Sister Joel Irene Zarotiadou, fmm
When Joel began drawing and painting, the local bishop, upon seeing her talent encouraged her to continue. Years later, she took lessons from Lobanov, a famous Russian painter.
Although Joel was born a Russian Orthodox, Joel felt the desire to enter the Catholic Church and did so at age fourteen. She already felt the desire to be a sister and missionary. Joel lived through many difficult and tragic circumstances: the war with the Japanese, the Russian invasions and finally in 1949, the Chinese Communists’ take-over of the convent that was attached to the orphanage and school at Harbin. The orphans were sent to Russia but Joel stayed on. With this take-over, traveling from place to place was not allowed. But her desire to enter the convent along with her characteristic persistence drove Joel to visit the police commissioner every day, asking him for permission to go to Peking to enter the convent. At last, like the judge in the Gospel who wanted to get rid of the annoying widow, he gave in and Joel entered in Peking (Beijing) in 1949. She remained there teaching regular classes, music and art at Sacred Heart International School until 1966 when, together with Mother Mary of the Cross and our other sisters, she was put out of China.
Joel then went to Rome and on to Berck Plage where she took care of the little girls’ unit. She also studied French there until 1969 when she was sent to Vietnam. Here, Joel says, she spent her “most beautiful mission time”. She took care of 46 girls in a hostel and while teaching English, learned Vietnamese. She also helped the American soldiers who would come to the convent, translating for them and for the sisters. It was during this time that Joel began to feel a keen attraction to America and its values. She left Vietnam in 1972 and spent six months in Strasbourg, France. In 1973, she was sent in mission to the United States where she was in St. Francis Community in Roslyn for a short time and then worked in the Admissions Office at Kennedy Memorial Hospital (now called Franciscan Hospital for Children) and in the convent sacristy. Joel attended the New England School of Art and Design for four years where she enjoyed many contacts with young people, after which she had more studies in modern art at Northeastern University She was a member of Trinity Community in Brighton and then of Lourdes Community in Providence from 1979 to 1983. She was part of the newly formed Emmaus Community in North Providence until it closed, and then of DeChappotin Community at Fruit Hill.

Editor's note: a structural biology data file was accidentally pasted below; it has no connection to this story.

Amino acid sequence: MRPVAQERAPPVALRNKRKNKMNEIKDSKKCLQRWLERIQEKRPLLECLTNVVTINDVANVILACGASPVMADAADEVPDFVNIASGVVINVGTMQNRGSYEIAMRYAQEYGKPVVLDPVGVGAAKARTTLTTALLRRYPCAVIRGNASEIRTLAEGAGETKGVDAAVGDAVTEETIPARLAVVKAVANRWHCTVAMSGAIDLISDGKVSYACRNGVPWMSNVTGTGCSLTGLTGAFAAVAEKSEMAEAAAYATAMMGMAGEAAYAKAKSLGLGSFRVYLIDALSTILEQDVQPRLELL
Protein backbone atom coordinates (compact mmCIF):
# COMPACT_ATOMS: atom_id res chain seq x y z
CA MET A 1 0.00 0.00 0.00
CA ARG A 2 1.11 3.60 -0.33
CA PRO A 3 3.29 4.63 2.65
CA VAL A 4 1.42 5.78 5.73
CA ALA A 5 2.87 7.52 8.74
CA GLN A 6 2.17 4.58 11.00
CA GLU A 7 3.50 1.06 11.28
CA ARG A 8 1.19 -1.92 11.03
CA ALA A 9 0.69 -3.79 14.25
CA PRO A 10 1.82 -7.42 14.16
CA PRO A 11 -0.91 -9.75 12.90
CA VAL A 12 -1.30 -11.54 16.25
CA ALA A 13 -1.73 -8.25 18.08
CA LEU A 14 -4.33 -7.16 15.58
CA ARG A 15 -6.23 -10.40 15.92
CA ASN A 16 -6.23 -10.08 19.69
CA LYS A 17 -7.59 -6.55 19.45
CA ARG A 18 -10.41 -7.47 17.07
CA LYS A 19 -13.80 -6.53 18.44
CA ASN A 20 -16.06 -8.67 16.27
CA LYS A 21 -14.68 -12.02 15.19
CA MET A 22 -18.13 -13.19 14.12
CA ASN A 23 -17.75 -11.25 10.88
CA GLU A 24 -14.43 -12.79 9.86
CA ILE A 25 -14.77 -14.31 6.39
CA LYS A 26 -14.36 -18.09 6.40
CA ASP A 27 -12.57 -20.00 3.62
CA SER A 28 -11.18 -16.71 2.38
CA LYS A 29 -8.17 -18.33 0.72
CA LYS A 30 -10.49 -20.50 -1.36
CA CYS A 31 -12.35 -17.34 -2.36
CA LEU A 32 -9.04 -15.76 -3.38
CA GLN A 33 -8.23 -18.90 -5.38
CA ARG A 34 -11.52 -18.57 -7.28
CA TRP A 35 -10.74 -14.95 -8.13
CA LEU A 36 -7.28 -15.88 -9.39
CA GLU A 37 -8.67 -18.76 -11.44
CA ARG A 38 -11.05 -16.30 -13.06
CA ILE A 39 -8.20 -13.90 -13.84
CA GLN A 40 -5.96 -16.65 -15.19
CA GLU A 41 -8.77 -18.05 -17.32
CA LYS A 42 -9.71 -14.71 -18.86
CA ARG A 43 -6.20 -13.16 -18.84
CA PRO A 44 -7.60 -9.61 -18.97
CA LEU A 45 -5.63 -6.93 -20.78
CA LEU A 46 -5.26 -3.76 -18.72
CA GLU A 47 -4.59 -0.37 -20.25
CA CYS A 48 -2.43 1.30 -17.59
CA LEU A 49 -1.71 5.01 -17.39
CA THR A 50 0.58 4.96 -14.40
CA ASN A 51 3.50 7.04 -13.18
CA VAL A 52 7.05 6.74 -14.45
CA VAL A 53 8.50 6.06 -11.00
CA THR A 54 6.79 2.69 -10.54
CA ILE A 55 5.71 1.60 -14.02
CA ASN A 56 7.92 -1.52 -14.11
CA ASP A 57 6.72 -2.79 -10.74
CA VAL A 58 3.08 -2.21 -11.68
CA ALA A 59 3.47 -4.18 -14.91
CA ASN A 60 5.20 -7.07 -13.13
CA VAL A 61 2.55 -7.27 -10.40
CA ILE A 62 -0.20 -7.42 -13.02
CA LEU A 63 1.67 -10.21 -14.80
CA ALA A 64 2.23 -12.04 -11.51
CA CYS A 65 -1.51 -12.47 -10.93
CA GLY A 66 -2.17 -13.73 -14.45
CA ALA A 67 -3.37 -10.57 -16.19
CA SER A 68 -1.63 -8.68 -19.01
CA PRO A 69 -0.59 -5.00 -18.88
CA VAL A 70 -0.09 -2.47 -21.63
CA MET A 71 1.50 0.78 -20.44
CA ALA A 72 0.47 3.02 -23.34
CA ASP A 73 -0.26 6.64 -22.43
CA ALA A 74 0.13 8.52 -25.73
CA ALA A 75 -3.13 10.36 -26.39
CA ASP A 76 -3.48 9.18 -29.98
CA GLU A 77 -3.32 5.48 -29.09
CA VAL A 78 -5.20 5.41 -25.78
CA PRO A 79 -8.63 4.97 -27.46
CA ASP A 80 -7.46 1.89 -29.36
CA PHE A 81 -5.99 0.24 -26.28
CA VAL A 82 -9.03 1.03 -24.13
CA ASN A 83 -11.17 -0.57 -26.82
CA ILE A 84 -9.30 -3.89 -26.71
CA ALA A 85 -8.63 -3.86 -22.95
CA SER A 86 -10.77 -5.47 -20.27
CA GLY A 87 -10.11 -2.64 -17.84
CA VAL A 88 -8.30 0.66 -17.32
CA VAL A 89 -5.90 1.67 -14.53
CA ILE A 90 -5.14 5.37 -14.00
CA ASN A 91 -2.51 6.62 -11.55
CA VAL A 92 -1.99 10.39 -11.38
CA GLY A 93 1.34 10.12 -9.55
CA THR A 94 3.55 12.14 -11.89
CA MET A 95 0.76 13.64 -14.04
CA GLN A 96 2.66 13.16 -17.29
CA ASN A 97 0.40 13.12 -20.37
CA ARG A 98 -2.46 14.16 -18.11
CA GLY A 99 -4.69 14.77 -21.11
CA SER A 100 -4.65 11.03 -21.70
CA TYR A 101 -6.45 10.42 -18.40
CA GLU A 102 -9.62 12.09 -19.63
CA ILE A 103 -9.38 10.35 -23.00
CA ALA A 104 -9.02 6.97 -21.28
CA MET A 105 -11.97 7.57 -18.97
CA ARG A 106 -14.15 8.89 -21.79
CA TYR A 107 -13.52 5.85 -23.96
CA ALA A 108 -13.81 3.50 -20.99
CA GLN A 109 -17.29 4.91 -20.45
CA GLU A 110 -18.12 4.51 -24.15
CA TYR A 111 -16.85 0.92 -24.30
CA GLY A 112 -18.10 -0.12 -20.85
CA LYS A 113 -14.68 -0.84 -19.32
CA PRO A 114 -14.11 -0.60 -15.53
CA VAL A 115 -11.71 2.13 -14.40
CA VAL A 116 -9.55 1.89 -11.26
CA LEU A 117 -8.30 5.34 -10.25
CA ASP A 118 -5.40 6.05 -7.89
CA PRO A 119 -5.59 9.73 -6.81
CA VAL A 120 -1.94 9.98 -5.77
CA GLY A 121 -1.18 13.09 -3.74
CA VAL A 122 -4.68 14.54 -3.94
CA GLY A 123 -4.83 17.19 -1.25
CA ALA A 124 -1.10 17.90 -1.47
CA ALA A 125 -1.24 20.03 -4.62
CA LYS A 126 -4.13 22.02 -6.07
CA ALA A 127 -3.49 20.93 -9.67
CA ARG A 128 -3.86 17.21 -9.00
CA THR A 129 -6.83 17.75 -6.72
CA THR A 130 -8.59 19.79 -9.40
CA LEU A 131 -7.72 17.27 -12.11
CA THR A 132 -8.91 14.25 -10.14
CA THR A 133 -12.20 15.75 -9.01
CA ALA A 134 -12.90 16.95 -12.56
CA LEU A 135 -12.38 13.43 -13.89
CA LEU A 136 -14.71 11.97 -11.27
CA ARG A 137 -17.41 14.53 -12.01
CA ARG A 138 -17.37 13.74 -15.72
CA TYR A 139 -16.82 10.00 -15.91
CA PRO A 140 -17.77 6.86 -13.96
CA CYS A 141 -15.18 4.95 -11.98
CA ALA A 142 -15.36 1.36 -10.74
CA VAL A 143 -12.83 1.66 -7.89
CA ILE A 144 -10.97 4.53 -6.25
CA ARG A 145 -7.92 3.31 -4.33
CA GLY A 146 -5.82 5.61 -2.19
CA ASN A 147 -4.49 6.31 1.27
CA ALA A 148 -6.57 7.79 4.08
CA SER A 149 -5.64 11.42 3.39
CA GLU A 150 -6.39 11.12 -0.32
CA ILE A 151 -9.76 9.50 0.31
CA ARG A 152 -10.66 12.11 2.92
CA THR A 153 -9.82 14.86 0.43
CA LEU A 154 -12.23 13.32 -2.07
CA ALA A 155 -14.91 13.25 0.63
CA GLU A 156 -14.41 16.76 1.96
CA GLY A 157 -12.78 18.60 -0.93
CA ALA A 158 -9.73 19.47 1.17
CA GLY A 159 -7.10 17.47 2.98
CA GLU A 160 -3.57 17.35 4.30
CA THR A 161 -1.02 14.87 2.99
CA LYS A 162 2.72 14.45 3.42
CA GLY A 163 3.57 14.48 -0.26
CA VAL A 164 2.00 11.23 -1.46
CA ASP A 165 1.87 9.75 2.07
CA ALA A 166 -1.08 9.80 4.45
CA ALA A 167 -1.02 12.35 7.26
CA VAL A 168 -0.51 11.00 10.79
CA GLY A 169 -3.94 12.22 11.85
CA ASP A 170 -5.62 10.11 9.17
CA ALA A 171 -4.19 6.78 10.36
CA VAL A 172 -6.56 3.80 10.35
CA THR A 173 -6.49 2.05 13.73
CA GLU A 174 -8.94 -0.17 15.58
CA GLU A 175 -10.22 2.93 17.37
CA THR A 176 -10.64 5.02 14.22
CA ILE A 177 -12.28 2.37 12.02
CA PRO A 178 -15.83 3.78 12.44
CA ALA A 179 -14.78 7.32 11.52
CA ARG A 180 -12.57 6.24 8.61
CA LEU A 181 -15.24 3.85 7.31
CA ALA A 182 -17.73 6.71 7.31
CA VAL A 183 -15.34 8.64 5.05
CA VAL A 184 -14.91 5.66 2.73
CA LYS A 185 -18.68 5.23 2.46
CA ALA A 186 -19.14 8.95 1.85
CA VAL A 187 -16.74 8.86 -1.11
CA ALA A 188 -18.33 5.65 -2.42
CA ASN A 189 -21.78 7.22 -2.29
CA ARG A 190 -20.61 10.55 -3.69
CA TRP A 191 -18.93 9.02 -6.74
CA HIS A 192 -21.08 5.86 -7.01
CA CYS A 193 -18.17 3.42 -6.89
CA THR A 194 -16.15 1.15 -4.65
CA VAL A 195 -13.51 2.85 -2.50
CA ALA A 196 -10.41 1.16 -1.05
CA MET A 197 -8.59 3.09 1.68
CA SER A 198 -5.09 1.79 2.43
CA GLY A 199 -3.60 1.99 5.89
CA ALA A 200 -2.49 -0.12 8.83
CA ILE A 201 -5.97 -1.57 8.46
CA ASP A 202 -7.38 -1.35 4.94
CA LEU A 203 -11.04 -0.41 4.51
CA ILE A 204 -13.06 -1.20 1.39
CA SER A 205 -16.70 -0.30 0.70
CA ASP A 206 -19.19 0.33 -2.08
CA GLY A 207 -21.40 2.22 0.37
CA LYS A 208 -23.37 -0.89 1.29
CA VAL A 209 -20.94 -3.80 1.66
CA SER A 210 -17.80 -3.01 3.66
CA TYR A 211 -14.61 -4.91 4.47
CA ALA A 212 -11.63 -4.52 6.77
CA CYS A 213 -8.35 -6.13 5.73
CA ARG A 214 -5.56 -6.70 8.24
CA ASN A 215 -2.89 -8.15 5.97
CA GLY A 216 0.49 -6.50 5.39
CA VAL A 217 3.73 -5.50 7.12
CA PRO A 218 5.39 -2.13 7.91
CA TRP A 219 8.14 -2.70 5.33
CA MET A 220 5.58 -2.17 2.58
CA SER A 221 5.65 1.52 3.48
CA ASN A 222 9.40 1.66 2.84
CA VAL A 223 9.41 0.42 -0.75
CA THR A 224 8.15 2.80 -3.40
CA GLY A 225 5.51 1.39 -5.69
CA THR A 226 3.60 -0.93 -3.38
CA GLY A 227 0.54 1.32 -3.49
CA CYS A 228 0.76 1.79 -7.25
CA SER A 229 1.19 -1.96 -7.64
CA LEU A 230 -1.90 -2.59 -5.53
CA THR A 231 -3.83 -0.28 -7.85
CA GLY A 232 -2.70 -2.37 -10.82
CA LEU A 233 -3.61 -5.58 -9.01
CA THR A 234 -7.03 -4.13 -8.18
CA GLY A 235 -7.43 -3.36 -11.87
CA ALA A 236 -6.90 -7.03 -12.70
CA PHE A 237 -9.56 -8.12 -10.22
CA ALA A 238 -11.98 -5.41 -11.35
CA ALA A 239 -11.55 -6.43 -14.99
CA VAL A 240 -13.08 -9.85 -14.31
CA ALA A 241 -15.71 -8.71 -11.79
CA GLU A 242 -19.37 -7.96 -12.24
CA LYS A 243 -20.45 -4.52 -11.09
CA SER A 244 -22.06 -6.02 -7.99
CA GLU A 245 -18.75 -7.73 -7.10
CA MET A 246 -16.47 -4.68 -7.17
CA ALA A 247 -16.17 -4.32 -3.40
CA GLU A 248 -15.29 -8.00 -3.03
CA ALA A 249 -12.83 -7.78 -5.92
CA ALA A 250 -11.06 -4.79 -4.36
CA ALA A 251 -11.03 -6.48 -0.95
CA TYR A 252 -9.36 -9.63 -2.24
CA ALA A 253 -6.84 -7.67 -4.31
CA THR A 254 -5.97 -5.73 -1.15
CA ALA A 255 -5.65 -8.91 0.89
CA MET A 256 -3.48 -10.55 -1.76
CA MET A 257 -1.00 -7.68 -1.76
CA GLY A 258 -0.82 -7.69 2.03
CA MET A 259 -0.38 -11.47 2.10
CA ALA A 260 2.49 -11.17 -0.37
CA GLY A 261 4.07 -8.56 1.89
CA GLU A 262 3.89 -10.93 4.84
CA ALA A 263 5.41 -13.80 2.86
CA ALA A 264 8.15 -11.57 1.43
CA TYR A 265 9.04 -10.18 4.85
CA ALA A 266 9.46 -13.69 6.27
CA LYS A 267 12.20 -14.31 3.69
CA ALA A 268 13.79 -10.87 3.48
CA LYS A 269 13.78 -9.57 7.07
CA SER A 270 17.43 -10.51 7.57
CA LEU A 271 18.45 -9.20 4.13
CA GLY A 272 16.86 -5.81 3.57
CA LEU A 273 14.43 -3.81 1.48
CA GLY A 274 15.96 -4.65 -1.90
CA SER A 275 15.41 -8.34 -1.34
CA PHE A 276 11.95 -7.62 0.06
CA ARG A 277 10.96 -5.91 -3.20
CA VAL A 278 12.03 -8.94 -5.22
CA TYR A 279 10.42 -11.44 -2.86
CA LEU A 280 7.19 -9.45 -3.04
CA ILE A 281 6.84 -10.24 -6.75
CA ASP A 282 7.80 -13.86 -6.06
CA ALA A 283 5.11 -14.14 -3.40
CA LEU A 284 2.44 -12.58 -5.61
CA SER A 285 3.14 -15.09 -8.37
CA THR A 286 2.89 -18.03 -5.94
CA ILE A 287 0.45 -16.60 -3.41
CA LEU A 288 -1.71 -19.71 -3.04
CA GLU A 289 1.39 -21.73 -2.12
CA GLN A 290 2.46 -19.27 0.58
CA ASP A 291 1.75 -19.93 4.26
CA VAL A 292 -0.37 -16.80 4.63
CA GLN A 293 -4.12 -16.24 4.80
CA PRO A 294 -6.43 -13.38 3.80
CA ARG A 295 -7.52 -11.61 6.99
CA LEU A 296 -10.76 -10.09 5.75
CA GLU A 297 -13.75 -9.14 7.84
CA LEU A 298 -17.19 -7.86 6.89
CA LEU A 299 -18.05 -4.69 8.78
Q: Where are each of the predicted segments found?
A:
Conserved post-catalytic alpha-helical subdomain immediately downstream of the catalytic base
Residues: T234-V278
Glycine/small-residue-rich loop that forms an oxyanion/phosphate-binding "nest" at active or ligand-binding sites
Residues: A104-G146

Joel has been doing paintings, which she exhibits and sells as well as giving classes in art. She was given space for a studio in the newly constructed Peace Barn. A free, unstructured person, Joel blends her art with her spirituality and prays in many creative ways. Her joyful nature uplifts those who may be feeling despondent or burdened in any way, which is another way through her teaching of art she shares her zest and joy of life.
Joel loves to go outdoors and paint. On a visit to her relatives in Greece, she went to Patmos and painted many scenes from the magnificent Greek seascape. She also likes all kinds of music and dancing and has the kind of life and spontaneity which lend joy to any kind of get-together. Other interests are sewing and putting on plays during the year for special occasions. She makes all the costumes, writes the dialogue and does all the stage setting.
Throughout these last years she has experienced health problems but has been able to bounce back to her usual activities. She is presently a member of Trinity Community at Fruit Hill.